Many Former Evangelical Christians Battle Toxic Positivity


I realize that atheists in the United States have a variety of experiences with evangelical fundamentalist Christians, depending greatly on where they live. They are relatively uncommon in some areas and impossible to avoid in others. Still, I couldn't help being surprised to recently learn that some atheists in the U.S. were unfamiliar with the sort of toxic positivity that is common among evangelical fundamentalist Christians. Several ex-Christians have been talking about this recently on Twitter, and I saw more chiming in to say they were unfamiliar with it than I would have predicted.

Although I was not indoctrinated into an evangelical form of Christianity, I am very familiar with the toxic positivity that afflicts many of them. I have encountered it in both my personal and professional life countless times. I've seen the kind of damage it can do and how long it takes some people to recover from it. For people fortunate enough not to be struggling with mental health problems, it serves to distance them from their emotional lives in an unhealthy way. For those who are struggling, it often seems to amplify whatever problems they have and interfere with treatment seeking.

There's nothing wrong with being positive, but I think most atheists will agree that positivity has its limits. Being positive in a delusional sense is not a good thing. That kind of positivity quickly becomes toxic because it involves a pervasive denial of reality and of the validity of one's own feelings. The saddest encounters I have had with this involved evangelical Christians who were clinically depressed but had convinced themselves that this was not permissible, typically because it was an insult to their preferred god.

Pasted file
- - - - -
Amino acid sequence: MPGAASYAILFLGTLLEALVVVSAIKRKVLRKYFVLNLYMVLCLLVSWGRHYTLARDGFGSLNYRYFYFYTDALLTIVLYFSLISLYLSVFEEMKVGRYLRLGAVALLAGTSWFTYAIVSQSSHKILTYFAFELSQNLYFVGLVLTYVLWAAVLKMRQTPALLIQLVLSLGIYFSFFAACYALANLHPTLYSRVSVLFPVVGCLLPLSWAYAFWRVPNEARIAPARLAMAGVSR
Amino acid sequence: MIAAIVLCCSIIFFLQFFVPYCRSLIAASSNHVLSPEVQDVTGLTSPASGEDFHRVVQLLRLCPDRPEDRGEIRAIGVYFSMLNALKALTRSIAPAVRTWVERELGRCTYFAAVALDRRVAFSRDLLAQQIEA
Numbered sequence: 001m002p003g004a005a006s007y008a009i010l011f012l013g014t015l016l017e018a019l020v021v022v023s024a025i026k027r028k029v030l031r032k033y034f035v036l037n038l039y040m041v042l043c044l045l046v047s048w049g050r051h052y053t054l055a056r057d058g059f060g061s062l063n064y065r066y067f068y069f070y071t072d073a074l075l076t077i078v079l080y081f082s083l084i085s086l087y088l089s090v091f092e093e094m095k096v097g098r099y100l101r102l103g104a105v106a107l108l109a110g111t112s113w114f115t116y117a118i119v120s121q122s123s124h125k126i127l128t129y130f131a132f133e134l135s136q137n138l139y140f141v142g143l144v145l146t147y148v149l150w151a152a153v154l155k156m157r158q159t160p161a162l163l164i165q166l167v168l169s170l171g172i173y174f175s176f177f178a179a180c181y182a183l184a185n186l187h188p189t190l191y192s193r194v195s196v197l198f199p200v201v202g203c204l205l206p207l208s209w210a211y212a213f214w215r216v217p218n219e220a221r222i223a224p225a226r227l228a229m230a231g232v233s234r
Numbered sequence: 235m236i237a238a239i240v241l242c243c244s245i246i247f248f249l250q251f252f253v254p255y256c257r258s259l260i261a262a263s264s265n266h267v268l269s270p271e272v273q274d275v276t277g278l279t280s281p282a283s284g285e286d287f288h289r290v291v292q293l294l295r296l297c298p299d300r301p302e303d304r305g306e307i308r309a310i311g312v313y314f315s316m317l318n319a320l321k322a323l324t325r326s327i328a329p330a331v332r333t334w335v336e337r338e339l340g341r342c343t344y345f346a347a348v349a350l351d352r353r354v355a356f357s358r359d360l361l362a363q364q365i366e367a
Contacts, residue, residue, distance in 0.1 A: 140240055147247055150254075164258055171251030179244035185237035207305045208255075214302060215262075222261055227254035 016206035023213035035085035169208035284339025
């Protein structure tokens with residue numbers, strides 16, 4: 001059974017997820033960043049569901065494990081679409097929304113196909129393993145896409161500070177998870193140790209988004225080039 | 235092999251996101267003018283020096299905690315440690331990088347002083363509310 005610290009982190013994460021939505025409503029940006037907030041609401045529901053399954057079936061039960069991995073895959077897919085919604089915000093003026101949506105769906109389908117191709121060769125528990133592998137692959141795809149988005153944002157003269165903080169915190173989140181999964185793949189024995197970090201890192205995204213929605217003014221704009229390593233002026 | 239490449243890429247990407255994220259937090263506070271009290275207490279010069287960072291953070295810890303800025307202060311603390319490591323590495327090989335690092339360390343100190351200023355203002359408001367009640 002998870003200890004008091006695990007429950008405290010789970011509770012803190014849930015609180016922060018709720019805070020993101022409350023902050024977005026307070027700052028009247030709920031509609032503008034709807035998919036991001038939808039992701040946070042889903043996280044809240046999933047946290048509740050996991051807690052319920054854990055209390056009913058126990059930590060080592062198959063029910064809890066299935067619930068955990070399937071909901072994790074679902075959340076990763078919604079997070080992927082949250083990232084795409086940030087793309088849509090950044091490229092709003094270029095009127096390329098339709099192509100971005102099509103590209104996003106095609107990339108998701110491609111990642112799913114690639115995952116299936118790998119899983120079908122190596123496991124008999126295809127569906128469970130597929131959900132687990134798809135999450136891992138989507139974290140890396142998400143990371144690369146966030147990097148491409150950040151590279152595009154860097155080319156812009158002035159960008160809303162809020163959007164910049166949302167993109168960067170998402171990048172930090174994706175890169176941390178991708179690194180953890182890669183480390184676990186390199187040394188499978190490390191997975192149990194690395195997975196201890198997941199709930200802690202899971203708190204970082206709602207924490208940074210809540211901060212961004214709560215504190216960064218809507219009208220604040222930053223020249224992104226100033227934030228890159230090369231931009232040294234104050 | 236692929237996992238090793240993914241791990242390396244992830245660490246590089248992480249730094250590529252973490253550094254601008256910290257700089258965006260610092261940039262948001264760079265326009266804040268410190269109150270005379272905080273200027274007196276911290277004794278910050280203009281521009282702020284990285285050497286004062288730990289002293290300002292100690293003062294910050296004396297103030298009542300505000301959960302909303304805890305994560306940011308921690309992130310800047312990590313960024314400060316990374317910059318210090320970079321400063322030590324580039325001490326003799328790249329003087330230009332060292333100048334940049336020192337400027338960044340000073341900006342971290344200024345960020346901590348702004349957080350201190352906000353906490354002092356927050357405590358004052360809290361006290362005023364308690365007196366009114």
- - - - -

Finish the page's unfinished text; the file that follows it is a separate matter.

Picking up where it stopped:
For those who haven't personally battled clinical depression, it is hard to overstate the degree of pain and suffering it involves. Add the notion that one is offending one's god by being depressed doesn't help one bit. I've known some clearly depressed evangelical Christians who refused to seek help because of the shame they felt. Some went as far as to deny that Christians could be depressed because of how much their god had given them (i.e., Jesus). I've known others who finally made it into treatment when things got bad enough and struggled mightily to acknowledge their own feelings. Many described an overwhelming sense of guilt on top of everything else because they were convinced that they were being selfish to feel the way they did. They beat themselves up for not feeling happy as a result of having some sort of god in their lives.

I will leave it to the former evangelical Christians to explain how and why this sort of toxic positivity develops. Their personal experience with it puts them in a better position to teach us about it than I can. But this doesn't mean I haven't seen it and can't appreciate the damage it can do. When former Christians talk about "religious trauma," I think this is often part of it. Imagine going through life telling yourself (and being told by others) that it is not okay to feel how you feel or even that you are risking hell by having negative emotions. That is clearly abusive and traumatic. Is it any wonder that some former Christians spend years recovering?